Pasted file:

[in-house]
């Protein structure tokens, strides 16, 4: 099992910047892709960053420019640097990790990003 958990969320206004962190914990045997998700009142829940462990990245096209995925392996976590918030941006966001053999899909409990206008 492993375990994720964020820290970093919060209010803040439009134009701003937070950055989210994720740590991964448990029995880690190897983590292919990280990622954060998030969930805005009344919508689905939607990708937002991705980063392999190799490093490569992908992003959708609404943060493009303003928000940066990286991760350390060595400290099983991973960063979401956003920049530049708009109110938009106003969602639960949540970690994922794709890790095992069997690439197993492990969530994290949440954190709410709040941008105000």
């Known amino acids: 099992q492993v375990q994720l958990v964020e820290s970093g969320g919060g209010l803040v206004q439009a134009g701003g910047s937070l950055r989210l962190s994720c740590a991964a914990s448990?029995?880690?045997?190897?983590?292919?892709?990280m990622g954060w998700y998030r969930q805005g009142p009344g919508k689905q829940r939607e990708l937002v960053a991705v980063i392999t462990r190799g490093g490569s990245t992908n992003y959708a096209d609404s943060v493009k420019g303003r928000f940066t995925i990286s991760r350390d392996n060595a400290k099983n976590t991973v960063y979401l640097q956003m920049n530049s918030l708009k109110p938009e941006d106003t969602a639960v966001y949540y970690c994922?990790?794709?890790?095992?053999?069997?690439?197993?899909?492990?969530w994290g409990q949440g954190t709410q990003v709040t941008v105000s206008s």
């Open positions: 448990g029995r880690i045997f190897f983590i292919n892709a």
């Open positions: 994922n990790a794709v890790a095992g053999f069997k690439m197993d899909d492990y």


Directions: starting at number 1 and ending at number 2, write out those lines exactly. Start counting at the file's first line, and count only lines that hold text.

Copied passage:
[in-house]
């Protein structure tokens, strides 16, 4: 099992910047892709960053420019640097990790990003 958990969320206004962190914990045997998700009142829940462990990245096209995925392996976590918030941006966001053999899909409990206008 492993375990994720964020820290970093919060209010803040439009134009701003937070950055989210994720740590991964448990029995880690190897983590292919990280990622954060998030969930805005009344919508689905939607990708937002991705980063392999190799490093490569992908992003959708609404943060493009303003928000940066990286991760350390060595400290099983991973960063979401956003920049530049708009109110938009106003969602639960949540970690994922794709890790095992069997690439197993492990969530994290949440954190709410709040941008105000």